Academic journal article The Spanish Journal of Psychology

A Conceptual and Theoretical Analysis of Evaluative Conditioning

Academic journal article The Spanish Journal of Psychology

A Conceptual and Theoretical Analysis of Evaluative Conditioning

Article excerpt

Evaluative conditioning is best defined as an effect, that is, as a change in the valence of a stimulus that results from pairing the stimulus with another stimulus. This definition has several advantages that are made explicit in this paper. One of the advantages is that it clarifies that evaluative conditioning can be due to multiple processes. Therefore, the conditions under which evaluative conditioning is observed can depend on the processes that underlie a particular manifestation of evaluative conditioning. This could explain why there are so many conflicting results about the conditions under which evaluative conditioning can be found. Future research should adopt a meta-conditional approach that focuses not only on whether a certain condition is crucial for obtaining evaluative conditioning but should also examine when a certain condition is crucial.

Keywords: evaluative conditioning, associative learning, attitudes, attitude formation

El condicionamiento evaluativo se define como un efecto, es decir, un cambio en la valencia de un estímulo que resulta de emparejar ese estímulo con otro. Esta definición tiene varias ventajas que se explicitan en este trabajo. Una de las ventajas es que aclara que el condicionamiento evaluativo puede deberse a múltiples procesos. Las condiciones bajo las cuales se observa el condicionamiento evaluativo dependen, concretamente, de los procesos que subyacen a cada manifestación particular del mismo. Esto podría explicar por qué hay tantos resultados conflictivos referidos a las condiciones bajo las cuales se puede encontrar el condicionamiento evaluativo. La investigación futura debe adoptar un enfoque meta-condicional que no solo se centre en si una condición determinada es crucial para obtener el condicionamiento evaluativo, sino que examine también cuándo esa condición es crucial.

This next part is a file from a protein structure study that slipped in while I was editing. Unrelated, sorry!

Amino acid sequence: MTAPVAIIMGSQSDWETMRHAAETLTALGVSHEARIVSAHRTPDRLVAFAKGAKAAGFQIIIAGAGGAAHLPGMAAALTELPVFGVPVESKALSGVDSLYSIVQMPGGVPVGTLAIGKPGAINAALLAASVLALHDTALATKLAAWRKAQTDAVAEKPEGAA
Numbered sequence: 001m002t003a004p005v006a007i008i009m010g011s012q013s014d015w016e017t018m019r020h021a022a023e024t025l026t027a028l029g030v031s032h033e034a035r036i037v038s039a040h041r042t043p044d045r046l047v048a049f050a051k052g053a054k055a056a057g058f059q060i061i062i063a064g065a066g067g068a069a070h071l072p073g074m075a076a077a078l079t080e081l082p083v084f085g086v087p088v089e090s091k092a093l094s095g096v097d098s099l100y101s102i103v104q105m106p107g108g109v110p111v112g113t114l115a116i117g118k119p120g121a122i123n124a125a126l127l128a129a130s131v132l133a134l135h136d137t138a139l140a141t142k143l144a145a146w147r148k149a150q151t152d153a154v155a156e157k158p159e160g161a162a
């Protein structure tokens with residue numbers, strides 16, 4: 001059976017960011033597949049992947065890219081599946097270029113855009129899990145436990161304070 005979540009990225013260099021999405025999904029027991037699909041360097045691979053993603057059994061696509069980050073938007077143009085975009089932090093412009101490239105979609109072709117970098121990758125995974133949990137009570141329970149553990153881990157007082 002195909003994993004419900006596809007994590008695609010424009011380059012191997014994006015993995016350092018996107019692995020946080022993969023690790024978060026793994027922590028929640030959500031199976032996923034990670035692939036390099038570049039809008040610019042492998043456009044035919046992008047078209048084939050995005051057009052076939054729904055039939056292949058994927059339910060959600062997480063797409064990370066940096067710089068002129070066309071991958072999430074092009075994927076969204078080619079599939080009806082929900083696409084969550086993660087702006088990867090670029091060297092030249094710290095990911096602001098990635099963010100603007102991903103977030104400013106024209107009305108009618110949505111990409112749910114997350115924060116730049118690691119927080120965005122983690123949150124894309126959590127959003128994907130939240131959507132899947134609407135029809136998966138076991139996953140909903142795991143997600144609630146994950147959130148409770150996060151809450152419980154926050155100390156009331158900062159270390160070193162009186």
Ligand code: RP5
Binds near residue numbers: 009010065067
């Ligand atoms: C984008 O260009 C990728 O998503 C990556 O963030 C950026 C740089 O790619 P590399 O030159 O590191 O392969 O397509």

Palabras clave: condicionamiento evaluativo, aprendizaje asociativo, actitudes, formación de actitudes

One of the most influential ideas in psychology is that preferences are an important determinant of behavior (e.g., Allport, 1935; Martin & Levy, 1978). To give just a few examples from daily life, people tend to seek the company of persons they like and avoid being in the company of persons they do not like; they buy products that they like more often than those that they do not like; people vote for the politicians that they find sympathetic but not those that repel them; they will pay to do the things they like but need to be paid to do the things that they dislike. Furthermore, preferences influence attention, memory, and judgments, and form the basis of our emotional life. In order to understand, predict, and influence behavior, it is thus crucial to understand how preferences are formed and can be influenced. Evaluative conditioning is generally considered to be one of the approaches to influence liking. Studies on evaluative conditioning have shown that the liking of a neutral stimulus can be changed by pairing it with another, liked or disliked, stimulus. The first stimulus is often called the conditioned stimulus or CS whereas the second stimulus is often called the unconditioned stimulus or US. Typically, a CS will become more positive when it has been paired with a positive US than when it has been paired with a negative US. Well known real-life examples of evaluative conditioning are the "have-a-Coke-and-a-smile" ads of the Coca-Cola Company. In these ads, the Coke brand name (CS) is repeatedly presented together with images of smiling people having fun (US). It is assumed that this will increase the liking of the brand.

Evaluative conditioning has been examined in a large number of studies (see De Houwer, Thomas, & Baeyens, 2001, for an extensive review, and De Houwer, Baeyens, & Field, 2005, for an update). Nevertheless, our understanding of the phenomenon is still very limited. There now is general agreement about the fact that evaluative conditioning is a genuine phenomenon (an agreement that has been reached only recently; see De Houwer, Baeyens, et al. …

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